A Review of the Nigerian Energy Industry

Gencos lament poor support, warn of imminent blackout over N601bn debt

*Power transmission sub-station.

Oscarline Onwuemenyi
01 March 2017, Sweetcrude, Abuja – Investors in the generation companies (Gencos) have warned of an imminent blackout nationwide if the N601 billion debts owed them by consumers through the off-taker, the Nigerian Bulk Electricity Trading Plc (NBET) – a Federal Government’s owned public liability company.

Some of the investors spoke yesterday at the Nigeria Power Summit, part of the ongoing Nigeria Oil and Gas Conference (NOG) holding in Abuja, regretted the neglect of the power sector by different administrations in the country over the years.

The Managing Director and Chief Executive Officer of Mainstream Energy Solutions Limited, Mr. Lamu Audu, stated that only 20 percent of the cost of power produced across the supply value chain is being paid for.

He noted that foreign exchange (forex) challenge also remains a major bottleneck for power investors as a result fluctuating exchange rates, which was less than N200 to a dollar when the power assets were bought, and currently above N350.

He said: “Virtually all the spare parts used in the power sector are imported and we need foreign exchange to procure them. But, unfortunately, the fluctuating exchange rate has made planning difficult for investors.”

Another worrisome trend in the sector, according to Audu, is the issue of ageing transmission infrastructure, which most time leads to rejection of generated power by the Transmission Company of Nigeria (TCN).

“This is a major loss on the part of power generation companies. When the generated power is rejected, who bears the loss? I think government should be in a position to pay for this. And going forward, I think TCN should be privatised,” he advised.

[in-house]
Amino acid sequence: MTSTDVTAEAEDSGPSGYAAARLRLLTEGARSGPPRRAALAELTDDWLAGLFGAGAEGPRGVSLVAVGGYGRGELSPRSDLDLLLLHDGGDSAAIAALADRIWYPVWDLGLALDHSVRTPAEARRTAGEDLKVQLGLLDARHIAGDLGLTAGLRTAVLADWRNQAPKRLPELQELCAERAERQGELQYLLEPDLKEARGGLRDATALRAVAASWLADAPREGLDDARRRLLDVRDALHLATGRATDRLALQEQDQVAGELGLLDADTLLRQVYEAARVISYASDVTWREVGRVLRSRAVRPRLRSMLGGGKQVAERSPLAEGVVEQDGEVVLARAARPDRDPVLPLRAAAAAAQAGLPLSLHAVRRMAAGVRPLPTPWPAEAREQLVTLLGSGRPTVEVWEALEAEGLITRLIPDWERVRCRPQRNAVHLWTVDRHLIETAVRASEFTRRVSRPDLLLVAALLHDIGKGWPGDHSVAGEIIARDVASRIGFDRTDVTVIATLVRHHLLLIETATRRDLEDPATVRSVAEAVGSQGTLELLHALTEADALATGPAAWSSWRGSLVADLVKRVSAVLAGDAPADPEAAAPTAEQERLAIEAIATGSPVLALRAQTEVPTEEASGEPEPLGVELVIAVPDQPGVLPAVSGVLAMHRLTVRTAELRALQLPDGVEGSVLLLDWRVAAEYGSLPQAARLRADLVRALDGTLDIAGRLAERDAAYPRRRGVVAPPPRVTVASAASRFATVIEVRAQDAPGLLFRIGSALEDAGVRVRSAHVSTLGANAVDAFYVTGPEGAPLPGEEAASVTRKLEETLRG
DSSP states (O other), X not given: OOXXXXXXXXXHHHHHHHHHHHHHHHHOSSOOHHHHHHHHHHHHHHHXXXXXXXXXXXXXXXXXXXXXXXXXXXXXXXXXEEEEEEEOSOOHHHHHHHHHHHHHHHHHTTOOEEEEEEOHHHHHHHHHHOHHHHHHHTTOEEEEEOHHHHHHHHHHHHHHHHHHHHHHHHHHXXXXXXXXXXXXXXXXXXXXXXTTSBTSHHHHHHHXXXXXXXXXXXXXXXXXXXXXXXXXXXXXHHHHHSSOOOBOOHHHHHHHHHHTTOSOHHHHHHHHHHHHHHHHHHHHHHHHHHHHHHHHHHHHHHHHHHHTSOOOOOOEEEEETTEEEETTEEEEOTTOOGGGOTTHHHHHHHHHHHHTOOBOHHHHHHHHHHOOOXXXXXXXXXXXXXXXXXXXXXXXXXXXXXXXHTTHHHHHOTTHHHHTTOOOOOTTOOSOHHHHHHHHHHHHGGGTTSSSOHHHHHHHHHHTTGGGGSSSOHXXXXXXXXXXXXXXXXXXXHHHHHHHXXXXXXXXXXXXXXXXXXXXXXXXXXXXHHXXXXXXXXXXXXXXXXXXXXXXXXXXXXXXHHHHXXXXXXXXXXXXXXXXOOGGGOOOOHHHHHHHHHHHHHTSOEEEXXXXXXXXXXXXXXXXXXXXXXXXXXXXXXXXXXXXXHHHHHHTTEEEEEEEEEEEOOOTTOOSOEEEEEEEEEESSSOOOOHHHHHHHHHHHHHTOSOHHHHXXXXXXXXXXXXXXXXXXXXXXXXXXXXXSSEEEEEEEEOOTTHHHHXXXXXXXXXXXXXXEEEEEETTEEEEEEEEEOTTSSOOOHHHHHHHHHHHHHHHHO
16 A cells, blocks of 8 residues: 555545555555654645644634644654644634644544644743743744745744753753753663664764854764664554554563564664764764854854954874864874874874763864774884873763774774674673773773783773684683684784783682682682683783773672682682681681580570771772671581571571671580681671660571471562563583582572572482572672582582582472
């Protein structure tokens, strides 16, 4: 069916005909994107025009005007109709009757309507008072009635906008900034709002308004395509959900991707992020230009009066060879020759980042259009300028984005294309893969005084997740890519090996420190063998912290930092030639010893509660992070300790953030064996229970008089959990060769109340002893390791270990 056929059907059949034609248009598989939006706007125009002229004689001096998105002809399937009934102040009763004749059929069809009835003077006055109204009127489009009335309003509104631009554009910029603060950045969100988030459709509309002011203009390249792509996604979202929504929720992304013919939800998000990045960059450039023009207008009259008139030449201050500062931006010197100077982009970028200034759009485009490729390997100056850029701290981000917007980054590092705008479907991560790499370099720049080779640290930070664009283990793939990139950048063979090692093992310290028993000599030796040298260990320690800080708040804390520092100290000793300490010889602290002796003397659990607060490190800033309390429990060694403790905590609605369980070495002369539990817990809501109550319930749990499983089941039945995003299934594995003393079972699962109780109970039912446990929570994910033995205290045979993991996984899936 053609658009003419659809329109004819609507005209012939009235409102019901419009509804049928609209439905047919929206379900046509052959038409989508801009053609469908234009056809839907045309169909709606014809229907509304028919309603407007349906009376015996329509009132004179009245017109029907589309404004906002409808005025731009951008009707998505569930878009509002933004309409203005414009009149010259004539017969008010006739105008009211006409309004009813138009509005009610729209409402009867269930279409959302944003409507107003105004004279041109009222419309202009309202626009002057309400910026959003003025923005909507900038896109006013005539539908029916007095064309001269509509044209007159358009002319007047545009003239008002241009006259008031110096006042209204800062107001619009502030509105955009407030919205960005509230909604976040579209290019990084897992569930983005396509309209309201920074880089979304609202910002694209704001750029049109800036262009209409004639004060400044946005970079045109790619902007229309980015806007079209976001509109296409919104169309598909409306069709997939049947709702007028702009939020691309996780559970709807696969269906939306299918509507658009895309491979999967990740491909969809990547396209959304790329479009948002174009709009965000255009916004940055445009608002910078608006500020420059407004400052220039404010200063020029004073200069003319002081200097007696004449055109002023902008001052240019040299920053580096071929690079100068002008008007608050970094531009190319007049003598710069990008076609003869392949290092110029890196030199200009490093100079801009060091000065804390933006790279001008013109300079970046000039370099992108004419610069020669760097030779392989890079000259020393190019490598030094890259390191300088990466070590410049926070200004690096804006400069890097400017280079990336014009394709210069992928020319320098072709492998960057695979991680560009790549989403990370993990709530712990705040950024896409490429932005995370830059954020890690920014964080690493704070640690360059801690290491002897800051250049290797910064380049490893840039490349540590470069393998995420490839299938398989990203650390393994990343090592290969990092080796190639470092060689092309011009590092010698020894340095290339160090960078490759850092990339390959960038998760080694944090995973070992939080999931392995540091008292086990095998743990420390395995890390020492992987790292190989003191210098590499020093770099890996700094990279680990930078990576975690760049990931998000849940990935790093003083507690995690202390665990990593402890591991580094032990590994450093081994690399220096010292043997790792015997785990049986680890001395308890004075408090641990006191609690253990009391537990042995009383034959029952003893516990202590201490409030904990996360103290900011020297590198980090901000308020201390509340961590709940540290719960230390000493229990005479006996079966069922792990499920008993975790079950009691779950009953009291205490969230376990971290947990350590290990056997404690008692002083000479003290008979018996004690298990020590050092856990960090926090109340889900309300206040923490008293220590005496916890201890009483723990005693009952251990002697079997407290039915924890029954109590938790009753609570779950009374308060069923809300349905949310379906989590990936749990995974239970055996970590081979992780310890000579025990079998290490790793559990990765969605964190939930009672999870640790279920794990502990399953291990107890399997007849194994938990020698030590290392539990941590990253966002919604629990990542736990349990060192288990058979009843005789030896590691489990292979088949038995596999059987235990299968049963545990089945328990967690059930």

Also the Managing Director of Sahara Power, Mr. Kola Adesina, lamented about the paucity of funds for power investors.

He noted that lack of fund remains a stumbling block to the growth of the sector, adding that power sector being a cycle feeds from four sources; gas, generation, transmission and distribution. He said when one leg of the cycle is stifled of fund, all other segments are affected from functioning at optimal level.

According to him, the inability of consumers to pay for power consumed ultimately affects payment to gas producers, Gencos and the transmission company.

He also noted that lack of adequate gas supply to the generating companies is also a major issue hindering the smooth operation of the sector, adding that constant attacks on gas infrastructure by agitators remains an issue that government must address for the sector to move forward.

Meanwhile, the Executive Secretary, Association of Power Generation Companies (APGC), Dr. Joy Ogaji, has called on the government’s ministries, departments and agencies (MDAs) to pay up their debts to the Power sector and also make it a point to make their future payments promptly. She said that it would help improve the sector’s liquidity.

“The government should ensure that there is payment guarantee, no more shortfalls in payment. It is imperative to state here that the investment on generation is at the instance of the off-taker, Nigerian Bulk Electricity Trading Plc, NBET, a Federal Government’s owned public liability company.

“Due to high market liquidity squeeze, Gencos including the thermal and hydro plants lack the necessary funding for their operations, acquiring spare parts and equipment and meeting other obligations for the power generation stations.

“Market payment statistics shows that on a monthly basis, generation companies’ invoices amount to about N35 billion to N40billion, out of which only about N7billion is paid. The implication is that the debt profile of the Gencos is about N30billion per month with no plans in place to clear these and put a sustainable solution for the sector.

“We have been given unfulfilled promises of ‘government is working out a solution’ without a timeline and fulfillment. We are all on life support and could be dead any moment from now, she said.”

In this article

Join the Conversation

Join the Conversation